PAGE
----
Gonzales Garden Club members have affinities for all types of plants. Besides community service activities in the city, several members are active participants in other local, state and national plant societies, according to a news release.

Of the club’s 28 members, 12 are Louisiana Master Gardeners; three belong to the Burden Horticultural Society, and three are Friends of Hilltop Arboretum at LSU. Two others hold membership in the Pelican Point Garden Club while two more have joined the Sundowner’s African Violet Society with one also belonging to the African Violet Society of America.

The club is additionally represented in the National Audubon Society, Louisiana Ornithological Society, Baton Rouge Daylily Society, Baton Rouge Bromeliad Society, Baton Rouge Orchids for Seniors, and Baton Rouge Cactus and Succulent Society. Each time a new horticulture specialist presents to the club, a new affiliation develops, the release said.

When the Louisiana Garden Club Federation held its Louisiana District VI fall meeting at Nottoway Plantation on Oct. 17, the Gonzales Garden Club was represented by President Jamie Trisler, who was accompanied by Gail Lonibos and Janis D’Benedetto. During the meeting, which had the theme “Remembering Our Original Treasured Seeds,” Ramona Perrin of the Plaquemine Garden Club gave a presentation on seasonal decorating with native plants.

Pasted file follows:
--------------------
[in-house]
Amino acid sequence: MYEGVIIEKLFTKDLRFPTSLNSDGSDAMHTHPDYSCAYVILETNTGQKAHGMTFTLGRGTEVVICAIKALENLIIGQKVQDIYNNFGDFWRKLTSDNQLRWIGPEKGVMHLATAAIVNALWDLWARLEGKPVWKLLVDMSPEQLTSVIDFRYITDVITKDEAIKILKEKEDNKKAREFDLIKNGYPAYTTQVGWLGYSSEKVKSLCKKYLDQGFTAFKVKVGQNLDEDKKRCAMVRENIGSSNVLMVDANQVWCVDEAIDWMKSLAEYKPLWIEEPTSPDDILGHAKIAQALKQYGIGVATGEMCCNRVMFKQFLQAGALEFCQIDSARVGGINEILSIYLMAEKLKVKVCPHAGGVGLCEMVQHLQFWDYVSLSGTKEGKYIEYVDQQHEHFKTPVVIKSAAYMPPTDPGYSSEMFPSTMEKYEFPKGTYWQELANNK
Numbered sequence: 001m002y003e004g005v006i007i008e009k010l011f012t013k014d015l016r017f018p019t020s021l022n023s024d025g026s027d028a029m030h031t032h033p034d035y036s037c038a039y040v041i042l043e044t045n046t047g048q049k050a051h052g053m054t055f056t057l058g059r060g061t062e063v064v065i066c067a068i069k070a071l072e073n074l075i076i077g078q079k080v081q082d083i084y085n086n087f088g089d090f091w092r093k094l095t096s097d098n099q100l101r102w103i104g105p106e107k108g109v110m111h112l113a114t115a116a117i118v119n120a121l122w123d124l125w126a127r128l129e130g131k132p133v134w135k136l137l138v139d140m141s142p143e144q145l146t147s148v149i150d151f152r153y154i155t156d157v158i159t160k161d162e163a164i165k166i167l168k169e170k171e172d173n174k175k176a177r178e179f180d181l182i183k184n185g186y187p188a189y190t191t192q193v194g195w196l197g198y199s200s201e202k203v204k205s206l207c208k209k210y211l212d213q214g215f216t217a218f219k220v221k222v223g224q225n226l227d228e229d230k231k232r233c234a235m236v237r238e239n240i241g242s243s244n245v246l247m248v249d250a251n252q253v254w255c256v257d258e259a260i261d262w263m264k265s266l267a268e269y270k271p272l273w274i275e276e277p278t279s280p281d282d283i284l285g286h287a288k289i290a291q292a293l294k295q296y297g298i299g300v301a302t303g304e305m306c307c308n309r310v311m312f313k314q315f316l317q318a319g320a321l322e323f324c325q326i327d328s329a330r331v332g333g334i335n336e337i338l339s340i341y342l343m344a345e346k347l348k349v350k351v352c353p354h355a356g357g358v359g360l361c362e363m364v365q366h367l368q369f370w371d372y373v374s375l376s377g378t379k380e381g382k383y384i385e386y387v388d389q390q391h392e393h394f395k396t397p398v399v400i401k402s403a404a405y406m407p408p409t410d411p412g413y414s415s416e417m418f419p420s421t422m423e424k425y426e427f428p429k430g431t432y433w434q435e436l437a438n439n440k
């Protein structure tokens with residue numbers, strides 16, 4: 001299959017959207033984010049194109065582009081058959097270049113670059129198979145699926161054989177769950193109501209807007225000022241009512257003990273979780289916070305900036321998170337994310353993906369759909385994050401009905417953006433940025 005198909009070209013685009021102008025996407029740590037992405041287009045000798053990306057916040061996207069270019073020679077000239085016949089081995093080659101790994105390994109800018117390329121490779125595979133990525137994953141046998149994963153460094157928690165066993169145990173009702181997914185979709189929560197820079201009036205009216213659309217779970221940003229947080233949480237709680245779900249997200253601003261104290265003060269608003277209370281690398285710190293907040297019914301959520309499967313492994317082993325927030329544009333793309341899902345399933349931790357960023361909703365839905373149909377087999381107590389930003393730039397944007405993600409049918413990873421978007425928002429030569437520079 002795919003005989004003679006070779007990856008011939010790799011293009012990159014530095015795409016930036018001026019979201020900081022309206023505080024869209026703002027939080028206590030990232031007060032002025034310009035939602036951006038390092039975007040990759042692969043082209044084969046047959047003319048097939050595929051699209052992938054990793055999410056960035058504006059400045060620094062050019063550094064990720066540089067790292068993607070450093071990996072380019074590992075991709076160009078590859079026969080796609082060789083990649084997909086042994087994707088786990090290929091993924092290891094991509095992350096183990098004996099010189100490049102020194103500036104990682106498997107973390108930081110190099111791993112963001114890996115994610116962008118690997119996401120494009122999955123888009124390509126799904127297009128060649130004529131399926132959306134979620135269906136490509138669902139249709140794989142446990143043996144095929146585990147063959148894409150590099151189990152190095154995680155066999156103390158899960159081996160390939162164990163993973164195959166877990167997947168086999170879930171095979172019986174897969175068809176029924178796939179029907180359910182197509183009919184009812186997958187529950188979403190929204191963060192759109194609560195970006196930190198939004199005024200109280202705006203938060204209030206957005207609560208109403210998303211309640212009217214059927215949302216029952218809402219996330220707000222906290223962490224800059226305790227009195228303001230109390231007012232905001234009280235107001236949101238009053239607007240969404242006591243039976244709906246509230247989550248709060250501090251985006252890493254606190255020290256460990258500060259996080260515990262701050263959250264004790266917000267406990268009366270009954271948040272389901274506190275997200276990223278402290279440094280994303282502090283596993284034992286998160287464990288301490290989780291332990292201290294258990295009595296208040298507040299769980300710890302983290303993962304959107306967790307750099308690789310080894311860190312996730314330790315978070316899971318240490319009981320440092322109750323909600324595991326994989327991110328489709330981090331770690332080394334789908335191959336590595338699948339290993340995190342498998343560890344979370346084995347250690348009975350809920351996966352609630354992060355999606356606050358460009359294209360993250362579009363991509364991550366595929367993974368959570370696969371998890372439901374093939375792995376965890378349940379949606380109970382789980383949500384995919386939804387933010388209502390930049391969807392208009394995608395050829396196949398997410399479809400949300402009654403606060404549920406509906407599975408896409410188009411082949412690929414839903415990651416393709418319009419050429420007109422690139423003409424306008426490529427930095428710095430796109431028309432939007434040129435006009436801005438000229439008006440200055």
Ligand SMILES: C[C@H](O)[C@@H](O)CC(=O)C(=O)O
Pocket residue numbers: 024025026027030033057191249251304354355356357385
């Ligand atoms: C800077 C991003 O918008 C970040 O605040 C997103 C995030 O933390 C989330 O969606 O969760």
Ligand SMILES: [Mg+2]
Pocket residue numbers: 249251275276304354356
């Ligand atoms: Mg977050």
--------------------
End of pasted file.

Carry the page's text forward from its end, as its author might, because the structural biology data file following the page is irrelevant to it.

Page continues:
On Oct. 19, club members went to Longue Vue House and Gardens in New Orleans for the Louisiana Iris Rhizome Sale. The outing was organized by Janis D’Benedetto. In November, the garden club will hear from the Society of Louisiana Irises about incorporating those plants into their gardens, spruce up the Jambalaya Park Butterfly Garden, and provide a garden therapy workshop at Charlie’s Place.

The club's vice president, Mary Jo Pohlig, won 15 awards and sold 25 of her plants at the Sundowner’s African Violet Society show Oct. 19-20 at the Baton Rouge Garden Center. 

Also, a few garden club members visited Lula Sugar Mill in Belle Rose with the Ascension Master Gardeners, in an outing organized by agent Mariah Simoneaux. The visitors watched a video of sugar cane production, observed the harvest of a sugar cane field, toured the mill yard during round-the-clock unloading and storage of the cut cane, and visited a storage warehouse with an enormous mound of refined sugar.